Ultraviolet Light: An essential tool for Disinfection and Sterilization

Ultraviolet Light: An essential tool for Disinfection and Sterilization

Ultraviolet Light: An essential tool for Disinfection and Sterilization

Ultraviolet Light: An essential tool for Disinfection and Sterilization

Ultraviolet Light: An essential tool for Disinfection and Sterilization

In recent years, research has delved into the benefits and applications of ultraviolet light in disinfection and sterilization. Its ability to penetrate microbial cells and cause cellular damage has been discovered to be a valuable tool for water disinfection and other purposes. Thus, multidisciplinary advancements in understanding the technologies that enable the generation of ultraviolet light have driven the development and optimization of disinfection and sterilization applications, resulting in a significant direct impact on food and health safety, as well as the well-being of individuals, among others.


UV Light and Its Disinfection Power


Ultraviolet light (UV) is a form of electromagnetic energy belonging to the non-visible light spectrum, with wavelengths ranging from 100 to 400 nanometers (nm). Within this broad spectrum, three main regions are distinguished based on wavelength: UVA, UVB, and UVC.


Types of UV Light


1. UVA (320-400 nm): With the highest wavelength, it can penetrate materials more easily. It constitutes 95% of solar UV radiation and can penetrate clouds or glass windows, making it dangerous for the skin by penetrating the skin layers, causing wrinkles, aging, and even skin cancer.

2.  UVB (280-320 nm): Represents the remaining 5% of solar UV radiation and is mostly absorbed by the atmosphere. Nonetheless, it can cause allergic reactions and skin cancer.

3. UVC (200-280 nm): Completely absorbed by the atmosphere, its presence is artificial. Although it does not pose a significant risk for skin cancer, it is highly effective against viruses and bacteria, being widely used in disinfection and sterilization applications.


Applications of UV Light


The initial discovery of UV light is associated with the German physicist and physiologist Johann Ritter in 1881, presenting its applications in living organisms as well as other uses. However, it was not until the late 19th century when Niels Finsen demonstrated the germicidal effects of UV light, which propelled its application in treating diseases such as tuberculosis and its subsequent adoption as a method for disinfection.

UV disinfection occurs by deactivating pathogens when interacting with nucleic acids, altering their genetic structure and preventing replication. DNA damage, especially associated with the formation of a sufficient number of thymine dimers that prevent replication, results in microbial inactivation. Despite its effectiveness, it is important to consider that some microorganisms may have reactivation mechanisms, emphasizing the need for post-UV disinfection treatment precautions.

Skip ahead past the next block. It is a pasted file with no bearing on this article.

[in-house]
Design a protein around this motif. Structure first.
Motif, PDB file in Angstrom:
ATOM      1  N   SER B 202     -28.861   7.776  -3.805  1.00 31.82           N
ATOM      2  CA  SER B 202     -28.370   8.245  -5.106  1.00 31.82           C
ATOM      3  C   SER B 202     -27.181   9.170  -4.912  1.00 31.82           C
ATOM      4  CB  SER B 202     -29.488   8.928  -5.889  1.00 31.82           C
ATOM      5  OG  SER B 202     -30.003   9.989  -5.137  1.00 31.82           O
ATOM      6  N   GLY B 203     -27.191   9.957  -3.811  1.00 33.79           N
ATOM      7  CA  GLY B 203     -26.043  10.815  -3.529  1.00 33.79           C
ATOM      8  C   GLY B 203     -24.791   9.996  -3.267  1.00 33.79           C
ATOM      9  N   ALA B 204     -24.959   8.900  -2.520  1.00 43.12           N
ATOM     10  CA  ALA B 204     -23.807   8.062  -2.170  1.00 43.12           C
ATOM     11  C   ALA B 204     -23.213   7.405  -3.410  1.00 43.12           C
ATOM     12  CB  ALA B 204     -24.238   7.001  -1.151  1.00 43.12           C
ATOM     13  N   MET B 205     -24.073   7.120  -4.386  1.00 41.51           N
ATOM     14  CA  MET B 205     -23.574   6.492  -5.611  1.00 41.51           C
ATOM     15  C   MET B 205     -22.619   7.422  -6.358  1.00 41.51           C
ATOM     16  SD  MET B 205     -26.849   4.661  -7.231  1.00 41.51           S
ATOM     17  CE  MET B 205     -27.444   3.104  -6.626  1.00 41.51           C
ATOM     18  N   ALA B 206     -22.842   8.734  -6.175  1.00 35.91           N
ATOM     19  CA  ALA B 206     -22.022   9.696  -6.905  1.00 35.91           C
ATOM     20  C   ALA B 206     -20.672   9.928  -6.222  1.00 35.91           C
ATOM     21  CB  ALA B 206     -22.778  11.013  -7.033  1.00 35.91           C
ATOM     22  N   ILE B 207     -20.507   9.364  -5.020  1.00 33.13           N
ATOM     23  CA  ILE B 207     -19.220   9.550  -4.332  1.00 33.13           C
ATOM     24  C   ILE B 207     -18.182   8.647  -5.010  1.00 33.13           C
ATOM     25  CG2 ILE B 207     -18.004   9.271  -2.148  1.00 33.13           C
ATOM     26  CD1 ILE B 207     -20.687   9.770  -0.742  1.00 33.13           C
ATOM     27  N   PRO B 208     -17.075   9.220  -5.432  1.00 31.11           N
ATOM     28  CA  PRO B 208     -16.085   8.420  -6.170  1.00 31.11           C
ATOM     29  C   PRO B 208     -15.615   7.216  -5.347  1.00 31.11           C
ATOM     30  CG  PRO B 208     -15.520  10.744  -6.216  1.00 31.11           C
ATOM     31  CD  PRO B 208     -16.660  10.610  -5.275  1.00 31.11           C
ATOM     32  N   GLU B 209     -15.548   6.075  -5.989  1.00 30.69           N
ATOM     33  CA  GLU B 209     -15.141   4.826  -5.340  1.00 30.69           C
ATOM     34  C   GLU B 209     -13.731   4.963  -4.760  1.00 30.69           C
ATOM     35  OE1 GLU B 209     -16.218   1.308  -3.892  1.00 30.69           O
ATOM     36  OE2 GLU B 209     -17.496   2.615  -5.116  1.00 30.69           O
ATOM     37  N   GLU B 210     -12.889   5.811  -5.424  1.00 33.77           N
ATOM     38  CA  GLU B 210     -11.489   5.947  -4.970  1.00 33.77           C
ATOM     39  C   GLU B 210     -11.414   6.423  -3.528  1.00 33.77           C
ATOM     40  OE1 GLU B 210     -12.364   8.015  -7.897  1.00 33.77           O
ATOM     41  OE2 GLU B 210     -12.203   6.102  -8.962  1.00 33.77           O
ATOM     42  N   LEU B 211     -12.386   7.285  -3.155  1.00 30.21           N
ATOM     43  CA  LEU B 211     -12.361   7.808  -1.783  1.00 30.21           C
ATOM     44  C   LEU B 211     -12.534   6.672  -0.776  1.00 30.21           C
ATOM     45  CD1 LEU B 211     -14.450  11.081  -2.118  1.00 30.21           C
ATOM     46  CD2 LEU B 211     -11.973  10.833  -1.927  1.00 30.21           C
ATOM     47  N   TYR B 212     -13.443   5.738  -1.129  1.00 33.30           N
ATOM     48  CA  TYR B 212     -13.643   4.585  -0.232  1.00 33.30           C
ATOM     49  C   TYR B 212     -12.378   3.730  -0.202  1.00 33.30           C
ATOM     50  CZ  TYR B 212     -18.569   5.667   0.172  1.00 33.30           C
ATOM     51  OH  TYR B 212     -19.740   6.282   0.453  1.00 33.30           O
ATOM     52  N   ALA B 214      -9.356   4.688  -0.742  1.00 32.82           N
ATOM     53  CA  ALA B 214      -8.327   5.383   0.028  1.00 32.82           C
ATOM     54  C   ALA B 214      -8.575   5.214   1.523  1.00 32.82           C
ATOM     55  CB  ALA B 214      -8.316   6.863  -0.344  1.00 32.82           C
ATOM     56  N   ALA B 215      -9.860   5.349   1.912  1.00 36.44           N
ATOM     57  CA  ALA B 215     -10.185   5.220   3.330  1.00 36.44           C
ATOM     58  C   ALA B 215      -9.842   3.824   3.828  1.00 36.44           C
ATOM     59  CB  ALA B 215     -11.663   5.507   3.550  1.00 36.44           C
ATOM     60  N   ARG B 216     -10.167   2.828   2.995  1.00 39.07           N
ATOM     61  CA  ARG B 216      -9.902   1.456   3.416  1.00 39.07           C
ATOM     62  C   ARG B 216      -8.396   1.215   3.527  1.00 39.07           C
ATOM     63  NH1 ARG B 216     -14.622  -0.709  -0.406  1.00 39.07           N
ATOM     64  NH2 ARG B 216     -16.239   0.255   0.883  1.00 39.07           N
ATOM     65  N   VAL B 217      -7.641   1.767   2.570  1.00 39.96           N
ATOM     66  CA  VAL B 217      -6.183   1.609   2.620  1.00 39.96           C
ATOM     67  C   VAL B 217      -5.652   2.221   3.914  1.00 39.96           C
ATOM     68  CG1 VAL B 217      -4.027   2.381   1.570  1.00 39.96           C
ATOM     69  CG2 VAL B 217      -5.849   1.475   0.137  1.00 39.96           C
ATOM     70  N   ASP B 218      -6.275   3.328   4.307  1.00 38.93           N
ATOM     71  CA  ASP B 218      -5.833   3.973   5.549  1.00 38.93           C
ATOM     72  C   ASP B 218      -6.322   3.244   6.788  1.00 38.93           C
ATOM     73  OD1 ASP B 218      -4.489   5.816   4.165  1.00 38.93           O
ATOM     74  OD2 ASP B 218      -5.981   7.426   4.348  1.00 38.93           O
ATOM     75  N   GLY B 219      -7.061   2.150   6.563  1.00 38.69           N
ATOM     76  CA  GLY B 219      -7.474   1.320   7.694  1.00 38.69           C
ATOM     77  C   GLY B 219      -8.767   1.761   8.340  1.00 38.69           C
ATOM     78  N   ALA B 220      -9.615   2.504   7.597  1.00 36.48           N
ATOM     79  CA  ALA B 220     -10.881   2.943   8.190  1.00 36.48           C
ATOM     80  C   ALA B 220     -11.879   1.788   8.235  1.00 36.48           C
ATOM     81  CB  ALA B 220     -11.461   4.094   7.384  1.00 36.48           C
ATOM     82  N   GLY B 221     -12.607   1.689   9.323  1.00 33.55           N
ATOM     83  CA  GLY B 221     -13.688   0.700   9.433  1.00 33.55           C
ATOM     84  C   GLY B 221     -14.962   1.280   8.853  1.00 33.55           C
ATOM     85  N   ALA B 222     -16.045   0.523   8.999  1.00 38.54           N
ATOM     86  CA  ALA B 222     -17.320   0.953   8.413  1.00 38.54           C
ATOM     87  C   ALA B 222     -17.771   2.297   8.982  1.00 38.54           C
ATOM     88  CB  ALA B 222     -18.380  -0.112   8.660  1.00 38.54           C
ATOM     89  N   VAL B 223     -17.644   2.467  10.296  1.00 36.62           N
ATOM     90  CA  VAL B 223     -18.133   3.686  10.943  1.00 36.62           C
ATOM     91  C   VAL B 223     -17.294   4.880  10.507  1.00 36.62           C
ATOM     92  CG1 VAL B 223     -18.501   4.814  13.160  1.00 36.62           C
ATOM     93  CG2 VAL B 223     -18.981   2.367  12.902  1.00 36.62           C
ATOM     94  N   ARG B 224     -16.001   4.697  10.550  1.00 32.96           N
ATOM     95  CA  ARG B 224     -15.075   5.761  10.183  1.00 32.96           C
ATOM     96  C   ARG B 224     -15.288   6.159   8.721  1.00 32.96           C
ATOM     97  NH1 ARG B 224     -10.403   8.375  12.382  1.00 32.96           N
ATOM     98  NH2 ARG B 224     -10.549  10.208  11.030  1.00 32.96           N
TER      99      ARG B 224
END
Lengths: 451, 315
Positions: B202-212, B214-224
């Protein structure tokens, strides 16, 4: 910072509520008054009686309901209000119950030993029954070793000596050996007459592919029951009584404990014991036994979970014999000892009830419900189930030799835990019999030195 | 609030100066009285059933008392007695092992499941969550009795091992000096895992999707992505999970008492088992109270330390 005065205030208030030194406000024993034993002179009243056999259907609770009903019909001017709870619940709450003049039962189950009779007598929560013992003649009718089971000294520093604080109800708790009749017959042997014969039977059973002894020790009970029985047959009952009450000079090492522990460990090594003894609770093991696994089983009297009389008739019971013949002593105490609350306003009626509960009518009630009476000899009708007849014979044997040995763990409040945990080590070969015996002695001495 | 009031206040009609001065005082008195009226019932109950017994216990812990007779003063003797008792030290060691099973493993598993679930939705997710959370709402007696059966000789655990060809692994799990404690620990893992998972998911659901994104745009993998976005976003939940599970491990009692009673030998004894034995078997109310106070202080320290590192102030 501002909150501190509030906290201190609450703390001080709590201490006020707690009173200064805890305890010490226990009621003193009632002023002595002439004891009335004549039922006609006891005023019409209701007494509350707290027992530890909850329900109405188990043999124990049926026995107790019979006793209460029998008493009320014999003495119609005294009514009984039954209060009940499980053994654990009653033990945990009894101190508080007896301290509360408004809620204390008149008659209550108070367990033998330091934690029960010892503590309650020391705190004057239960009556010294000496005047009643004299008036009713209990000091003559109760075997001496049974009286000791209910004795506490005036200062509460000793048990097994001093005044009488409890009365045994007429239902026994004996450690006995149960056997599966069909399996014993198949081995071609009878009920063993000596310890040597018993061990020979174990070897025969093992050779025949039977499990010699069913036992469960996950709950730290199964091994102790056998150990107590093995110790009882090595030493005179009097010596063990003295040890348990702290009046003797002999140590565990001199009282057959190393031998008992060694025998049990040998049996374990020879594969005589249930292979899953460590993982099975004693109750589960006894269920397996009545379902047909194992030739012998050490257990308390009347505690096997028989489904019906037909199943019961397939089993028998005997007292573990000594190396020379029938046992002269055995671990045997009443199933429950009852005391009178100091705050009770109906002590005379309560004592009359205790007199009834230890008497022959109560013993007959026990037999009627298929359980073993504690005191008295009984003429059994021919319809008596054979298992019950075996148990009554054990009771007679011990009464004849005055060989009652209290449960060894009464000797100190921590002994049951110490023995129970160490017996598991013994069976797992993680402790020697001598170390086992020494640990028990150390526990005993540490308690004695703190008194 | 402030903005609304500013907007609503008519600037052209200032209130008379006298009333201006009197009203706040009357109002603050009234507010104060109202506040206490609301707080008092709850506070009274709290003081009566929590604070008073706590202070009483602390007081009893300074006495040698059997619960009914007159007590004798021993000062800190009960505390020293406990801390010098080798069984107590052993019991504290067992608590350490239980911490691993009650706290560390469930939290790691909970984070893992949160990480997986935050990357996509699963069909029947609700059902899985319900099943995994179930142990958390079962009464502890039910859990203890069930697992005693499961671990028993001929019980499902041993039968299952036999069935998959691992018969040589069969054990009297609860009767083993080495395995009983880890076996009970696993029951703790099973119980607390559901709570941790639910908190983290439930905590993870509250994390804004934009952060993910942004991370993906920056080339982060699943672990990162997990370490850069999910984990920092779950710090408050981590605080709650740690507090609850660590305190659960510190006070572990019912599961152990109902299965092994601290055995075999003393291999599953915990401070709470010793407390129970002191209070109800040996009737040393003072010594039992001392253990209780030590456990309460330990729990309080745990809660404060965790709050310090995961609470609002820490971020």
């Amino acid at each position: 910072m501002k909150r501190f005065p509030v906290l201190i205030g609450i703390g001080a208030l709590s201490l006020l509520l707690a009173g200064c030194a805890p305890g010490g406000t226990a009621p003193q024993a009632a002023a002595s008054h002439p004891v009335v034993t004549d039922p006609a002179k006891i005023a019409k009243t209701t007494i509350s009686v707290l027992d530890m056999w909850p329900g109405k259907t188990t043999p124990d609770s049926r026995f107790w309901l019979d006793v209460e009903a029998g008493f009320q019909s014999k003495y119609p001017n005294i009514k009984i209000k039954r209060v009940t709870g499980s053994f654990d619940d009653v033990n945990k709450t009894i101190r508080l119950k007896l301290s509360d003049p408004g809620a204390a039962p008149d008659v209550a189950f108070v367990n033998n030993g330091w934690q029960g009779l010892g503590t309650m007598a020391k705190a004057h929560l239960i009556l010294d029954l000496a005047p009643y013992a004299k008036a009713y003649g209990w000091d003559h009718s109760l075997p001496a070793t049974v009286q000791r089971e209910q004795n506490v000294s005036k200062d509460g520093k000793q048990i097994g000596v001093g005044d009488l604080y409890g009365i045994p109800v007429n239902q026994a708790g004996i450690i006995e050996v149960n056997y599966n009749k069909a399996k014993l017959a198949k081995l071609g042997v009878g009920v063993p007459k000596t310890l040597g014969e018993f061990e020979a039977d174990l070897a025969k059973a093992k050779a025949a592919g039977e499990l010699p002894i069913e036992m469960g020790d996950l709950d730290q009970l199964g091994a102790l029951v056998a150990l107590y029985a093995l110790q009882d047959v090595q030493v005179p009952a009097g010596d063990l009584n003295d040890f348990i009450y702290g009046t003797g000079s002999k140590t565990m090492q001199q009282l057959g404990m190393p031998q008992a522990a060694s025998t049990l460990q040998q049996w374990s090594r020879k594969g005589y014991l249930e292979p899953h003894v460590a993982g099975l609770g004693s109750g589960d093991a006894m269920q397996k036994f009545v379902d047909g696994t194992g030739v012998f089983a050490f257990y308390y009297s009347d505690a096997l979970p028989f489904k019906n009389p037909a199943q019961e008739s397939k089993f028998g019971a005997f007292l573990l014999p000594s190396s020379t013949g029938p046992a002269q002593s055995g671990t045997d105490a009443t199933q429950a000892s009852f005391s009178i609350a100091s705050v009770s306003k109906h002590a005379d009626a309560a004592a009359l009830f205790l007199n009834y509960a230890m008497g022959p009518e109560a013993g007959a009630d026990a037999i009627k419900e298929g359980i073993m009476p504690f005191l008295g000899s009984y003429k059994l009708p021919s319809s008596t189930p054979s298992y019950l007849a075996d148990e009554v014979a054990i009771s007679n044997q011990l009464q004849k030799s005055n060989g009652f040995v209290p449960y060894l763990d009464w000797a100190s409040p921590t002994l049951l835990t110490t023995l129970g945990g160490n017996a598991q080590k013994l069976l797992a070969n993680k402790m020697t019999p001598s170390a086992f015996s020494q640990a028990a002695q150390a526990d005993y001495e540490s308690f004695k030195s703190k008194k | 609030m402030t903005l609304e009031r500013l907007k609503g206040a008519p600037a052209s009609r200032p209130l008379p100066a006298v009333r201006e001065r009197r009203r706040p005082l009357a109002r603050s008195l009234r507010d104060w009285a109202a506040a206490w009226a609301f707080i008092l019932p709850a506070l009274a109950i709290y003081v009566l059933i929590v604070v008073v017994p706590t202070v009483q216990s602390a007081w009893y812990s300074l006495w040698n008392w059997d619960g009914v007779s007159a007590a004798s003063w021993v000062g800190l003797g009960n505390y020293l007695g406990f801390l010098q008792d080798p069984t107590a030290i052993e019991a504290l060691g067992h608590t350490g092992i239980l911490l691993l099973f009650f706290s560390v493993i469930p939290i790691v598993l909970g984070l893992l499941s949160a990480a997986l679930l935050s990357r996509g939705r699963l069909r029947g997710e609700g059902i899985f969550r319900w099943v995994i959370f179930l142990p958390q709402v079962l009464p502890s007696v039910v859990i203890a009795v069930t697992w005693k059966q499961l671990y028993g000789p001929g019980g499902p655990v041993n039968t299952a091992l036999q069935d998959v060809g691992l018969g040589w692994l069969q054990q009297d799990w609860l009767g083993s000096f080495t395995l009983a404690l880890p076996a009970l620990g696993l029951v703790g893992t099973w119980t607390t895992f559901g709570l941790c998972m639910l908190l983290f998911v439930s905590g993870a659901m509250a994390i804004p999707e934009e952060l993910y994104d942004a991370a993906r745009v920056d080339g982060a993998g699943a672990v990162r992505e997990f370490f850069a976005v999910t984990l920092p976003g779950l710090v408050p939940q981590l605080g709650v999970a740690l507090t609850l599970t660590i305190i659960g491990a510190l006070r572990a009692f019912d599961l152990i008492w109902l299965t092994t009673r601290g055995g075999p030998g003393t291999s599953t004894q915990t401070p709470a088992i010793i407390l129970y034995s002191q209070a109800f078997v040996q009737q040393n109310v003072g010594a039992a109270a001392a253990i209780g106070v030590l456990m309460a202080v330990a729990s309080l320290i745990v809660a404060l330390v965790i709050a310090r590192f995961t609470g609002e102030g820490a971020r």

UV lamps, commonly mercury vapor lamps, emit light at germicidal wavelengths, primarily at 254 nm. Variants such as low-pressure and medium-pressure lamps offer different advantages in efficiency and operational range. Significant advances are currently being made in their commercial application with LEDs emitting these wavelengths. You can explore Pyroistech’s range of UV LED sources for disinfection applications in different ranges at the following link.

Regarding the use of UV light in disinfection applications, two main fields of application can be distinguished:


1. Air disinfection, especially in hospital environments.

2. Water treatment.


The advantage of UV disinfection systems is their effectiveness, as they can eliminate up to 99% of microorganisms without the need for chemicals or other methods. However, the generation of ozone (O3) produced by the photolysis of oxygen molecules when using these types of sources is a potential health concern, so they must be used in a controlled manner, in environments without personnel and well-ventilated. In the particular case of water treatment, the effectiveness of UV disinfection processes may be affected by water quality parameters such as turbidity and organic content, requiring pretreatment measures such as filtration and optimization of UV power delivery to ensure disinfection processes.

In summary, ultraviolet disinfection emerges as a reliable method to ensure microbiological safety in high-risk or contagion areas, such as hospitals, schools, and public transportation, as well as for water supplies or food environments. Thus, the advancement of technologies associated with UV light generation provides high versatility, allowing its application in different environments, from large-scale treatment plants to point-of-use systems at the user level, offering protection against a wide range of pathogens, allowing UV light-based disinfection systems to stand as a fundamental pillar to meet increasingly restrictive regulations and safeguard public health worldwide.

Figure 1: Lamp UV
Figure 1: Lamp UV




  1. Arod.com.mx: “Los tipos de radiación ultravioleta y sus diferencias: UVA, UVB y UVC” (https://arod.com.mx/2021/05/06/los-tipos-de-radiacion-ultravioleta-y-sus-diferencias-uva-uvb-y-uvc/)
  2. PubMed Central: “Ultraviolet Disinfection” (https://www.ncbi.nlm.nih.gov/pmc/articles/PMC7644456/)
  3. Gray, N. F. (n.d.). Chapter Thirty-Four – Ultraviolet Disinfection. In N. F. Gray (Ed.), Advances in Water Purification Techniques (pp. 701-726). Elsevier. (https://doi.org/10.1016/B978-0-12-415846-7.00034-2)
  4. ScienceDirect: “Ultraviolet (UV) Radiation Disinfection” (https://www.sciencedirect.com/science/article/pii/S1684118217302001)

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